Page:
Bio of Eric Revis

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Eric Revis boasts “a huge sound, unshakable rhythmic confidence and a penchant for cohesive, logical baselines,” writes Ted Panken in DownBeat. “But he is also one of jazz’s relativists, interested in importing other sounds and forms and rhythms,” adds The New York Times.

Born and raised in Los Angeles, Eric bought his first electric bass at age 14. He began as a self-taught hobbyist; it wasn’t until he was a year into a bachelor’s degree that he decided to pursue a career in music. Relocating to Texas, he began working a gig six nights a week with a group of musicians who introduced him to jazz.

Around this time, Eric switched to acoustic bass. He met Delfeayo Marsalis soon afterwards, who recommended that the young bassist enroll in the jazz program at The University of New Orleans, which was helmed by Delfeayo’s father, Ellis Marsalis. While in New Orleans, Eric honed his skills on the bandstand with the likes of Brian Blade, Nicholas Payton, Mark Turner, and Greg Tardy.

Eric’s first long-term professional association came with an invitation to join the band of Betty Carter in 1994. It also resulted in his move to New York in the same year, where the bassist apprenticed with Billy Harper, Louis Hayes, Lionel Hampton, and Russell Gunn, and formulated new ideas with peers like Sherman Irby, James Hurt, and J.D. Allen. Within a few years, he was recruited by the saxophonist Branford Marsalis, with whom Eric has collaborated ever since. The bassist appears on eight of Marsalis’ critically acclaimed albums – one of them, Contemporary Jazz (Columbia), received a GRAMMY award – as well as recordings by Steve Coleman, Jeff “Tain” Watts, Kurt Rosenwinkel, and others.

Commenting on Eric’s debut album, Tales of the Stuttering Mime, JazzTimes notes, “Eric stretches the jazz fabric without ripping it apart. The results are a greatly varied…[a] thoroughly rewarding and entertaining set.” The effort features performances of ten of Eric’s original compositions by a band including the saxophonist JD Allen, the pianist Orrin Evans, the trumpeter Duane Eubanks, and the drummer Jeff “Tain” Watts, and was voted the Best Debut of 2004 by AllAboutJazz. Speaking about the album, Eric says: “I strive to be as honest as possible to my perspective and actualize that. This is about being comfortable in my own skin and coming into my own, musically. Taking myself, my life, and music, [and] refining it to get to the essence of what’s important.”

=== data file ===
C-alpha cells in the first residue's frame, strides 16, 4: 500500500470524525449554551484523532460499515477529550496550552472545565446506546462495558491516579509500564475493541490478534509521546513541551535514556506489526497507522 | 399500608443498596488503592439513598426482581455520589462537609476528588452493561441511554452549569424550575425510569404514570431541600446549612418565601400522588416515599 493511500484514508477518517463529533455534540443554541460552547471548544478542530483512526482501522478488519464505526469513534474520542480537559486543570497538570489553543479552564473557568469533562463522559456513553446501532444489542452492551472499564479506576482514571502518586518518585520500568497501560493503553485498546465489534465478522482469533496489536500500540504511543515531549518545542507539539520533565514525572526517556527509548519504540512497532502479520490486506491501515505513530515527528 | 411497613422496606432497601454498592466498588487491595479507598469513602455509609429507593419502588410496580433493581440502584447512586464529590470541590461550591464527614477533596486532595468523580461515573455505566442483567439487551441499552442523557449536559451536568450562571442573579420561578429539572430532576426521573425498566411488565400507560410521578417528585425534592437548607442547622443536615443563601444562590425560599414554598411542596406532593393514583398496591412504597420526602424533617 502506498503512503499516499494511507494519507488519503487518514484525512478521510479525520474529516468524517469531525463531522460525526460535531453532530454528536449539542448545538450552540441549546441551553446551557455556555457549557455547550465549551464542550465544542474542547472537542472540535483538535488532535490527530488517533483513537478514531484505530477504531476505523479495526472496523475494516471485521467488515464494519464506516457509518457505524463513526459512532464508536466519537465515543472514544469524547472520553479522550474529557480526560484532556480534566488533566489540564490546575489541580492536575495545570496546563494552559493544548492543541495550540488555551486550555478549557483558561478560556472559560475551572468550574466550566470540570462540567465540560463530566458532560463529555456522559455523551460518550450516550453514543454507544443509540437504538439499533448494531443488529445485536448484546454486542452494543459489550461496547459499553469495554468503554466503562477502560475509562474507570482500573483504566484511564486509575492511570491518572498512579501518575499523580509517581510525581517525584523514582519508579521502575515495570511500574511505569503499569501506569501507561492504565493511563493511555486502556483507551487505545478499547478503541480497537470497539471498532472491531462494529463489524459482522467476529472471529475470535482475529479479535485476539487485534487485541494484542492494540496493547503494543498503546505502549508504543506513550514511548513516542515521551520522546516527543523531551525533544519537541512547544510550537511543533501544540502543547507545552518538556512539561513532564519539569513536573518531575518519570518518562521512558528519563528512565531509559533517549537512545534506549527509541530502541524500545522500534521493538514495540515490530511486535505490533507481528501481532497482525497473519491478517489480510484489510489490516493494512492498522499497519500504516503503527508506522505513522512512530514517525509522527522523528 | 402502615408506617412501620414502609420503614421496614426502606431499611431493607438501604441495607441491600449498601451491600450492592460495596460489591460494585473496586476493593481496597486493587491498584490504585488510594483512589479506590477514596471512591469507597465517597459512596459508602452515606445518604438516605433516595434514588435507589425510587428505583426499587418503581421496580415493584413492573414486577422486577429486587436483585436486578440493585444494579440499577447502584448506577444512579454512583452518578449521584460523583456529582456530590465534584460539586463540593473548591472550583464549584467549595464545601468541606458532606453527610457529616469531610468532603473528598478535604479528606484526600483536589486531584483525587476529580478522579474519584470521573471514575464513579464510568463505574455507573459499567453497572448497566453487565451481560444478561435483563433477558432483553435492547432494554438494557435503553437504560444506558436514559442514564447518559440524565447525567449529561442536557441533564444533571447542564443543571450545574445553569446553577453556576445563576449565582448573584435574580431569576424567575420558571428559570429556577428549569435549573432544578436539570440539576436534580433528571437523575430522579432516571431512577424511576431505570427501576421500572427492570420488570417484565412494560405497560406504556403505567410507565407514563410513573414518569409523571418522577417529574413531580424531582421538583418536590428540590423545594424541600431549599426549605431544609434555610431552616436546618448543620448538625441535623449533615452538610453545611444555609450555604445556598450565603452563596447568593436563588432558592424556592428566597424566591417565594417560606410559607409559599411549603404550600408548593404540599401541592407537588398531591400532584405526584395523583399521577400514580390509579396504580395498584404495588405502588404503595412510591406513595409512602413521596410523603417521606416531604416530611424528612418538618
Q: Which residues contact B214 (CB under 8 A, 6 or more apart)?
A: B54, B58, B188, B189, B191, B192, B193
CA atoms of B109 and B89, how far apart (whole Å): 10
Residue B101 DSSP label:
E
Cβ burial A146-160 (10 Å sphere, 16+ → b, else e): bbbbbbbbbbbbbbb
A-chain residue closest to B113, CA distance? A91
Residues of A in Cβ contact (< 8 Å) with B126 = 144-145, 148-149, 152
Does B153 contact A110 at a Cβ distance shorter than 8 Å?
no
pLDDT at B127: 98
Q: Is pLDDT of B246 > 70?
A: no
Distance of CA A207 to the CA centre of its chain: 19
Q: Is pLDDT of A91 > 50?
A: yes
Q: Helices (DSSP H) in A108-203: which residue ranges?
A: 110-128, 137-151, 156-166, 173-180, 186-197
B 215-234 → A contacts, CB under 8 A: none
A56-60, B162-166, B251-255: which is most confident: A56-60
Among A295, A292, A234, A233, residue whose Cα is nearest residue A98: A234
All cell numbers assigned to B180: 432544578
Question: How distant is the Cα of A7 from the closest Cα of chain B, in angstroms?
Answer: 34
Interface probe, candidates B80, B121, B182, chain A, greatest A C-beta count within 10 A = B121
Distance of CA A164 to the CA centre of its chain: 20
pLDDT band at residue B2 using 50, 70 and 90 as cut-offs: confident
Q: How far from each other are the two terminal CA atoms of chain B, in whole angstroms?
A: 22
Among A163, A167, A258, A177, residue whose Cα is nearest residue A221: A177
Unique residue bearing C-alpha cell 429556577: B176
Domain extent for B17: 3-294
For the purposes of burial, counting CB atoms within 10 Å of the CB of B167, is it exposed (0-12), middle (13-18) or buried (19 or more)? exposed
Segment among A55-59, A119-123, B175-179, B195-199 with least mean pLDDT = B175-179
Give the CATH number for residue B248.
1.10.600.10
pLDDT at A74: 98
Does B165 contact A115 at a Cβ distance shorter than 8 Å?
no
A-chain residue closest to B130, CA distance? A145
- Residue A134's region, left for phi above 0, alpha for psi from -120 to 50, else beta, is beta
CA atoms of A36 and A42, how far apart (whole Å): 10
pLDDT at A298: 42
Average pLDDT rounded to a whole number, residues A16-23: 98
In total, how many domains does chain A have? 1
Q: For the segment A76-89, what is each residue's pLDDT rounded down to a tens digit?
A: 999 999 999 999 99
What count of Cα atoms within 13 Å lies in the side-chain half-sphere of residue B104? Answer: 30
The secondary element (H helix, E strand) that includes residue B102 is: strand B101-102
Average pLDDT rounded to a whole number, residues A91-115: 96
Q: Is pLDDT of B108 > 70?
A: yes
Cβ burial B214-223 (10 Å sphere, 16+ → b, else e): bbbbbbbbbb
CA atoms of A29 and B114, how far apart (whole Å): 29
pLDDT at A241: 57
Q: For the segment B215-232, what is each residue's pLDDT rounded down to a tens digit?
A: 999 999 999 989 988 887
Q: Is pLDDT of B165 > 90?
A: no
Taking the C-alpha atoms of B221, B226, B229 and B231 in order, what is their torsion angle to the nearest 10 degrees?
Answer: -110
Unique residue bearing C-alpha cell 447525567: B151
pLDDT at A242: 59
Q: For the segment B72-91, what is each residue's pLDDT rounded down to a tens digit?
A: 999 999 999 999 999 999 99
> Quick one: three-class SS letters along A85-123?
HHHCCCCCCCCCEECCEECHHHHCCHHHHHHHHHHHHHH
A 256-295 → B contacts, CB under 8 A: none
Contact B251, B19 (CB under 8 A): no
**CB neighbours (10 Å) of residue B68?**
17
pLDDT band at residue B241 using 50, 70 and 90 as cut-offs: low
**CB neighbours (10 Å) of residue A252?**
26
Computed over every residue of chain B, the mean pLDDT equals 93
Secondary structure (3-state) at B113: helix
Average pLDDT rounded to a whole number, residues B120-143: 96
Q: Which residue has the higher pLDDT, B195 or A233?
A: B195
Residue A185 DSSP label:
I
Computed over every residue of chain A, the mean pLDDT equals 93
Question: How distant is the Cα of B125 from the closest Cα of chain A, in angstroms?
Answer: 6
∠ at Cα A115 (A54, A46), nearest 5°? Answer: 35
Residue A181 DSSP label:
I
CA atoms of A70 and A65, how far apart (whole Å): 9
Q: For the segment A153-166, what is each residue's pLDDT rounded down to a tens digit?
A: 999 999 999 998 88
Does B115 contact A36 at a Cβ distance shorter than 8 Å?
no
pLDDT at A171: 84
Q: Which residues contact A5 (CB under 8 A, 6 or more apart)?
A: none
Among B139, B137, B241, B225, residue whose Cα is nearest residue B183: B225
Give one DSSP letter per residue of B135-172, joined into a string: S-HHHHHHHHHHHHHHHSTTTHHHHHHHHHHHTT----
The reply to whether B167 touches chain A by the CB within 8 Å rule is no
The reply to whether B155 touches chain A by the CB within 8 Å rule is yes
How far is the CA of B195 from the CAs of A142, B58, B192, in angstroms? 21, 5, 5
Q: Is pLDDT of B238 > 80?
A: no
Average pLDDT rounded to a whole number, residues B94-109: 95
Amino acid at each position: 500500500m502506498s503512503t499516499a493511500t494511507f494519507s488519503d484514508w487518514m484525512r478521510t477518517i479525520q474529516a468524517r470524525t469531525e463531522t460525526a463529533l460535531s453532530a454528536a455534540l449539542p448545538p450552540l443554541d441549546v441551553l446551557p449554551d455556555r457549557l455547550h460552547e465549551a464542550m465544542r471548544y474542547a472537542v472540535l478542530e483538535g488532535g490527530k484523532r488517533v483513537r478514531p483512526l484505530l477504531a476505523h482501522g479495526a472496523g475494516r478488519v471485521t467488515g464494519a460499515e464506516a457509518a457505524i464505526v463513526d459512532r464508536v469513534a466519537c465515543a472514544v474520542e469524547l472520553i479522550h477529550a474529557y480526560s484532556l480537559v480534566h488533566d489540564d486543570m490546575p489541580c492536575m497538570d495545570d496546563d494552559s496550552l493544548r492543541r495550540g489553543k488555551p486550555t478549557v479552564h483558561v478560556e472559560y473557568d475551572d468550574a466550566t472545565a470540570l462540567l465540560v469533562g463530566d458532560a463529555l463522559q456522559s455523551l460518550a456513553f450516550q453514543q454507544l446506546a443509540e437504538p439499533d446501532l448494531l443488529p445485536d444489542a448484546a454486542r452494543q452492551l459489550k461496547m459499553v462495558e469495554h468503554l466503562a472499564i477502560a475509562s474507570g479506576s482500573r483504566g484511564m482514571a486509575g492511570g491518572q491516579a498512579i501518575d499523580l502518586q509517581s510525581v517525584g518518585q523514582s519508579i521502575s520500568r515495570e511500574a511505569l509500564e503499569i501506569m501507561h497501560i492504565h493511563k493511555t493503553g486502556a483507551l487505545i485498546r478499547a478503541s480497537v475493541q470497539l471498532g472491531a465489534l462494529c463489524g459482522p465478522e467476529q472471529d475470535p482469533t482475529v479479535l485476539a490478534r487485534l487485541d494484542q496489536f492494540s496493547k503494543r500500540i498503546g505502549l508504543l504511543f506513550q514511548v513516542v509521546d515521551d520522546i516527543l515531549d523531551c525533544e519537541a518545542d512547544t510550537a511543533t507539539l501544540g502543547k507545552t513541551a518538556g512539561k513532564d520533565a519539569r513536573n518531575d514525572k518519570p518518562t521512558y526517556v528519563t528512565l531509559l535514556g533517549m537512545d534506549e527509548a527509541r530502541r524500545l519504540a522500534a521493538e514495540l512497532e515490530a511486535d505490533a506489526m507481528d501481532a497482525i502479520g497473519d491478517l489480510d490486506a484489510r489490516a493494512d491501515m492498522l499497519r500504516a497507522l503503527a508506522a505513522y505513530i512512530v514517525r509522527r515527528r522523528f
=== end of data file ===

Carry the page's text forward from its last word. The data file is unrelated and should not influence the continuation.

In 2009, Eric released his sophomore effort, Laughter’s Necklace of Tears, which finds him in the company of the pianist Orrin Evans (who doubles here on melodica), the saxophonists Stacy Dillard and John Ellis, the drummer Gerald Cleaver, the guitarist Oz Noy, and the trumpeter Freddie Hendrix.

Eric is also a member of TARBABY, a group which he co-leads with the pianist Orrin Evans and the drummer Nasheet Waits, and which is frequently expanded to include other like-minded collaborators.


In August 2009 Revis asked Ken Vandermark (reeds), Jason Moran (piano) and Nasheet Waits (drums) to join him for two nights at the Jazz Gallery in New York. Two years later this quartet, called Eric Revis’ 11:11, recorded Parallax, consisting of compositions of Revis, Vandermark and others, and some collective improvisations and bass solo’s.


Revis has another forthcoming Clean Feed release: City of Asylum with Kris Davis (piano) and Andrew Cyrille (drums). After playing with Cyrille at the Village Vanguard in October 2011, Revis decided to ask him for a recording, adding the young pianist Kris Davis, whose playing he had been admiring for a while. He thought it would be an interesting meeting of minds – which it proved to be. Their first meeting as a trio took place at a studio in New York, to record ‘City of Asylum’. A two night run at the Jazz Gallery followed later that year.

Revis also is the leader of a trio with Darius Jones (sax) and Gerald Cleaver (drums).
Eric Revis also is the leader of a trio with Darius Jones (sax) and Gerald Cleaver (drums).

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